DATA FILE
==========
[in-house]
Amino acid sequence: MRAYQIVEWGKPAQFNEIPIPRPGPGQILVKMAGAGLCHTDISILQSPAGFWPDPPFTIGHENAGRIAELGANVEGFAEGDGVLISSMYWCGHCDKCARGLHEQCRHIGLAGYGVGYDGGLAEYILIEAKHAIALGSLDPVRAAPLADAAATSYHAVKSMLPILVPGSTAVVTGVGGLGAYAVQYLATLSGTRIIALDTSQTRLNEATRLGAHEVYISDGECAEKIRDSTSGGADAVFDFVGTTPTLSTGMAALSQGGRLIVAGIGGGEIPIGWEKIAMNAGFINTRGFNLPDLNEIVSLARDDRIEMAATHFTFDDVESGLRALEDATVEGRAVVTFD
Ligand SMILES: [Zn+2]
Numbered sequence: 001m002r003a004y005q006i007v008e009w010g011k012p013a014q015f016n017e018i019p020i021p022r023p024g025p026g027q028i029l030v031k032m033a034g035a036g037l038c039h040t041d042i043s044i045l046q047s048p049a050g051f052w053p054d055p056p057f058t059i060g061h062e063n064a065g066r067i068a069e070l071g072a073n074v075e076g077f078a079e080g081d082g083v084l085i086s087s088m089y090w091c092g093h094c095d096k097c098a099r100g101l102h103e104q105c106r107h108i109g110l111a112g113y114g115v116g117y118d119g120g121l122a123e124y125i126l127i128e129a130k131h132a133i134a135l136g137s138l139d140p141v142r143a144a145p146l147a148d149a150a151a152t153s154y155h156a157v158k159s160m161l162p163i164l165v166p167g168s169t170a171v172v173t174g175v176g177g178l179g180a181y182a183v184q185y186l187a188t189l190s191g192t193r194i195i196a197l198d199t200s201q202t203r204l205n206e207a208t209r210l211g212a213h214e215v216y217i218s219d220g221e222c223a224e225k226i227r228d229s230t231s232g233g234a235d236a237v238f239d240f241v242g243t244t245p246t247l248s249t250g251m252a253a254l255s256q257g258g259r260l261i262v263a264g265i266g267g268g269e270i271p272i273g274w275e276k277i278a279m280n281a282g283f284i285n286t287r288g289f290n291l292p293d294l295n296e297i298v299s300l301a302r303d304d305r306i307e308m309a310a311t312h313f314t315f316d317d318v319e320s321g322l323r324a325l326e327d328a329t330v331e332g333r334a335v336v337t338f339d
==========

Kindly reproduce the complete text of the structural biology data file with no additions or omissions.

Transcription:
[in-house]
Amino acid sequence: MRAYQIVEWGKPAQFNEIPIPRPGPGQILVKMAGAGLCHTDISILQSPAGFWPDPPFTIGHENAGRIAELGANVEGFAEGDGVLISSMYWCGHCDKCARGLHEQCRHIGLAGYGVGYDGGLAEYILIEAKHAIALGSLDPVRAAPLADAAATSYHAVKSMLPILVPGSTAVVTGVGGLGAYAVQYLATLSGTRIIALDTSQTRLNEATRLGAHEVYISDGECAEKIRDSTSGGADAVFDFVGTTPTLSTGMAALSQGGRLIVAGIGGGEIPIGWEKIAMNAGFINTRGFNLPDLNEIVSLARDDRIEMAATHFTFDDVESGLRALEDATVEGRAVVTFD
Ligand SMILES: [Zn+2]
Numbered sequence: 001m002r003a004y005q006i007v008e009w010g011k012p013a014q015f016n017e018i019p020i021p022r023p024g025p026g027q028i029l030v031k032m033a034g035a036g037l038c039h040t041d042i043s044i045l046q047s048p049a050g051f052w053p054d055p056p057f058t059i060g061h062e063n064a065g066r067i068a069e070l071g072a073n074v075e076g077f078a079e080g081d082g083v084l085i086s087s088m089y090w091c092g093h094c095d096k097c098a099r100g101l102h103e104q105c106r107h108i109g110l111a112g113y114g115v116g117y118d119g120g121l122a123e124y125i126l127i128e129a130k131h132a133i134a135l136g137s138l139d140p141v142r143a144a145p146l147a148d149a150a151a152t153s154y155h156a157v158k159s160m161l162p163i164l165v166p167g168s169t170a171v172v173t174g175v176g177g178l179g180a181y182a183v184q185y186l187a188t189l190s191g192t193r194i195i196a197l198d199t200s201q202t203r204l205n206e207a208t209r210l211g212a213h214e215v216y217i218s219d220g221e222c223a224e225k226i227r228d229s230t231s232g233g234a235d236a237v238f239d240f241v242g243t244t245p246t247l248s249t250g251m252a253a254l255s256q257g258g259r260l261i262v263a264g265i266g267g268g269e270i271p272i273g274w275e276k277i278a279m280n281a282g283f284i285n286t287r288g289f290n291l292p293d294l295n296e297i298v299s300l301a302r303d304d305r306i307e308m309a310a311t312h313f314t315f316d317d318v319e320s321g322l323r324a325l326e327d328a329t330v331e332g333r334a335v336v337t338f339d